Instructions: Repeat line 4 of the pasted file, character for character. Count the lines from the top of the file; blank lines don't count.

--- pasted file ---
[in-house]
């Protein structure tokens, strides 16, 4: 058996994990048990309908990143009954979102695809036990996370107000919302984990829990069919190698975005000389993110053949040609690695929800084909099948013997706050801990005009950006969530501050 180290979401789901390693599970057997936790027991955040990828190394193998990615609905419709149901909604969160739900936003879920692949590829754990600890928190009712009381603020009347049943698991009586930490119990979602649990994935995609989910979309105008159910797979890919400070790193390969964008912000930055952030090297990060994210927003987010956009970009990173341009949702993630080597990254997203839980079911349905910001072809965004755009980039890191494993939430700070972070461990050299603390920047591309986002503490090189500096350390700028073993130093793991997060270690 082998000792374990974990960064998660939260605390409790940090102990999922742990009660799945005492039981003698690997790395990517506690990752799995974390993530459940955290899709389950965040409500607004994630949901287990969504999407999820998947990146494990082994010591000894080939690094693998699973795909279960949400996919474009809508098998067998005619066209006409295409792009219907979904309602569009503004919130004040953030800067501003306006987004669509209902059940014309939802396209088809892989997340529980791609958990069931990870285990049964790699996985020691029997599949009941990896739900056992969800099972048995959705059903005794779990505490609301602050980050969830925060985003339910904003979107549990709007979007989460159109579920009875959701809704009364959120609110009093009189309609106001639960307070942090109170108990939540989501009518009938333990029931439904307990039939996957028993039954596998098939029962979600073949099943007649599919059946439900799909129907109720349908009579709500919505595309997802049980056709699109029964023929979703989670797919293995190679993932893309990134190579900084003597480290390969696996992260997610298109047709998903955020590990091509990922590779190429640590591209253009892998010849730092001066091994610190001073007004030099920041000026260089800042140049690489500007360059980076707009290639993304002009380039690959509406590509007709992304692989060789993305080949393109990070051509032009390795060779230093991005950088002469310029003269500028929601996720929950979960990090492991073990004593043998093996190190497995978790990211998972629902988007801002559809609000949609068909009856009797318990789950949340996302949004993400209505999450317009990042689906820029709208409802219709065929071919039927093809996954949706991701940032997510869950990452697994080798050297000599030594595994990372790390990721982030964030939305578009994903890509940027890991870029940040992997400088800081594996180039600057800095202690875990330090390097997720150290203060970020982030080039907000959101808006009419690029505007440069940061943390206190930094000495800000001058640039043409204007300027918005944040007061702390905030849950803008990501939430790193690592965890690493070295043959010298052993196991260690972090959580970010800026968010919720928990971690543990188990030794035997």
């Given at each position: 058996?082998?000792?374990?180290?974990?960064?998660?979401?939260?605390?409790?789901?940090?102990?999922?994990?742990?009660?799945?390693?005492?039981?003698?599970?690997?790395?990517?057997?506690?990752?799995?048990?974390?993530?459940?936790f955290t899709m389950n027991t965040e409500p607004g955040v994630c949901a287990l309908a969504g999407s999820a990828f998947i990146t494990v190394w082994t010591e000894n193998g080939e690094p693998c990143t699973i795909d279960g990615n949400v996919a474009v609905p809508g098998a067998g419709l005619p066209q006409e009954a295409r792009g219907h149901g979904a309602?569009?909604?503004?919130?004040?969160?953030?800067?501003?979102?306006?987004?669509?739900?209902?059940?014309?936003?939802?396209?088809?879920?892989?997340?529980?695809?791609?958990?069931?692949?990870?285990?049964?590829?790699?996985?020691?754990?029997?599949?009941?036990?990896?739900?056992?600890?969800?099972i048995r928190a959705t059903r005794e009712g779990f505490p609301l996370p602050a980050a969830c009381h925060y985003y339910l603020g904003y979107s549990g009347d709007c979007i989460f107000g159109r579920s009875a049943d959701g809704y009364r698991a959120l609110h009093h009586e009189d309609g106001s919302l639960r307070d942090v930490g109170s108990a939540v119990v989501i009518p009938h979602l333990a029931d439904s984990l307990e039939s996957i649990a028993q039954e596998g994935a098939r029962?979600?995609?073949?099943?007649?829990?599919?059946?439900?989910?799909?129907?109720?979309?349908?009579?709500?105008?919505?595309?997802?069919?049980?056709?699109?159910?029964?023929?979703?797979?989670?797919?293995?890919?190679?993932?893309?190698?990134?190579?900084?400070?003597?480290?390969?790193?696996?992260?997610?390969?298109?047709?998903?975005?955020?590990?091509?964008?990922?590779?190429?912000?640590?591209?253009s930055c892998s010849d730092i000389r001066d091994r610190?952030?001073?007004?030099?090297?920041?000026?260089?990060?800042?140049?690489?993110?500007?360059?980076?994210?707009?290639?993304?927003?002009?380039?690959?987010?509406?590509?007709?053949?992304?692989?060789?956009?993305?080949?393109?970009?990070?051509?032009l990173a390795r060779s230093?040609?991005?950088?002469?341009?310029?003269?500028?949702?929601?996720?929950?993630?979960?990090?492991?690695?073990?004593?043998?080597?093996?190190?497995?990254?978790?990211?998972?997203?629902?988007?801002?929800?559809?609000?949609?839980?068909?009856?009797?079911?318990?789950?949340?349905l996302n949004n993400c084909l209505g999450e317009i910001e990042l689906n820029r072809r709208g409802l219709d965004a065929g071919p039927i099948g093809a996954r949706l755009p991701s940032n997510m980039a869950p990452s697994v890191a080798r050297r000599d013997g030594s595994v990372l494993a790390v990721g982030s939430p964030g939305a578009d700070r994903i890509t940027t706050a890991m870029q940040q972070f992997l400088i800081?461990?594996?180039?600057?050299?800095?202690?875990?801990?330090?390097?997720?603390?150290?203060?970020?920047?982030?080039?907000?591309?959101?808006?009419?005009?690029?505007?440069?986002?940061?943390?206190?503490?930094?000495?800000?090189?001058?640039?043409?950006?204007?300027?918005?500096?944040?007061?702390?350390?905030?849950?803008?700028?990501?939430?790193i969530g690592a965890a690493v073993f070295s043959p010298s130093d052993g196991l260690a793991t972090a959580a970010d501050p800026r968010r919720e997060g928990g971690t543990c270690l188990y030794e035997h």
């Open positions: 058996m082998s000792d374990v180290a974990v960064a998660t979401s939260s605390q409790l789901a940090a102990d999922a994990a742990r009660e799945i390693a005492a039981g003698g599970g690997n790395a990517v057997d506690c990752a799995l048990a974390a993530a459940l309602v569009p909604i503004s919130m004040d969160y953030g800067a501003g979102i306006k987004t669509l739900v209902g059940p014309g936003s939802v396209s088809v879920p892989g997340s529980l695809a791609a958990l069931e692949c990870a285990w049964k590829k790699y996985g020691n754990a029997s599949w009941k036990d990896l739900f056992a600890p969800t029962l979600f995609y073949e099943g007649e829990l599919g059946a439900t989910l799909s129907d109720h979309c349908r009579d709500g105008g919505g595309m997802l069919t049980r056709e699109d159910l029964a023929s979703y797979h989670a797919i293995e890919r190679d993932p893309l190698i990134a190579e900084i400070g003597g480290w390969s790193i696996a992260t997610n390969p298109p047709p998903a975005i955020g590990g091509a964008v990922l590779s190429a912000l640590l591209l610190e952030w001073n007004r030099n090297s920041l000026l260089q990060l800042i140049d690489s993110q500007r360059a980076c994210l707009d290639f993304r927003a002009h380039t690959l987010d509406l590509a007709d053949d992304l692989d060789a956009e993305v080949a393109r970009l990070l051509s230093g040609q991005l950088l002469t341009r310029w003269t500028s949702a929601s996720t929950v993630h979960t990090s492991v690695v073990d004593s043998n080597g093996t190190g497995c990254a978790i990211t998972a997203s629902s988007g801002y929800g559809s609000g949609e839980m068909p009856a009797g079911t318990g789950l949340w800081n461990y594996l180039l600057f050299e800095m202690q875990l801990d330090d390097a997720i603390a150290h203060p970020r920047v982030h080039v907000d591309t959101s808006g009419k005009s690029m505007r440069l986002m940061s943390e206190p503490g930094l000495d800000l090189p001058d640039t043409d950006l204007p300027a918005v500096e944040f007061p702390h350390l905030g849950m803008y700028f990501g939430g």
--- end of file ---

């Open positions: 058996m082998s000792d374990v180290a974990v960064a998660t979401s939260s605390q409790l789901a940090a102990d999922a994990a742990r009660e799945i390693a005492a039981g003698g599970g690997n790395a990517v057997d506690c990752a799995l048990a974390a993530a459940l309602v569009p909604i503004s919130m004040d969160y953030g800067a501003g979102i306006k987004t669509l739900v209902g059940p014309g936003s939802v396209s088809v879920p892989g997340s529980l695809a791609a958990l069931e692949c990870a285990w049964k590829k790699y996985g020691n754990a029997s599949w009941k036990d990896l739900f056992a600890p969800t029962l979600f995609y073949e099943g007649e829990l599919g059946a439900t989910l799909s129907d109720h979309c349908r009579d709500g105008g919505g595309m997802l069919t049980r056709e699109d159910l029964a023929s979703y797979h989670a797919i293995e890919r190679d993932p893309l190698i990134a190579e900084i400070g003597g480290w390969s790193i696996a992260t997610n390969p298109p047709p998903a975005i955020g590990g091509a964008v990922l590779s190429a912000l640590l591209l610190e952030w001073n007004r030099n090297s920041l000026l260089q990060l800042i140049d690489s993110q500007r360059a980076c994210l707009d290639f993304r927003a002009h380039t690959l987010d509406l590509a007709d053949d992304l692989d060789a956009e993305v080949a393109r970009l990070l051509s230093g040609q991005l950088l002469t341009r310029w003269t500028s949702a929601s996720t929950v993630h979960t990090s492991v690695v073990d004593s043998n080597g093996t190190g497995c990254a978790i990211t998972a997203s629902s988007g801002y929800g559809s609000g949609e839980m068909p009856a009797g079911t318990g789950l949340w800081n461990y594996l180039l600057f050299e800095m202690q875990l801990d330090d390097a997720i603390a150290h203060p970020r920047v982030h080039v907000d591309t959101s808006g009419k005009s690029m505007r440069l986002m940061s943390e206190p503490g930094l000495d800000l090189p001058d640039t043409d950006l204007p300027a918005v500096e944040f007061p702390h350390l905030g849950m803008y700028f990501g939430g």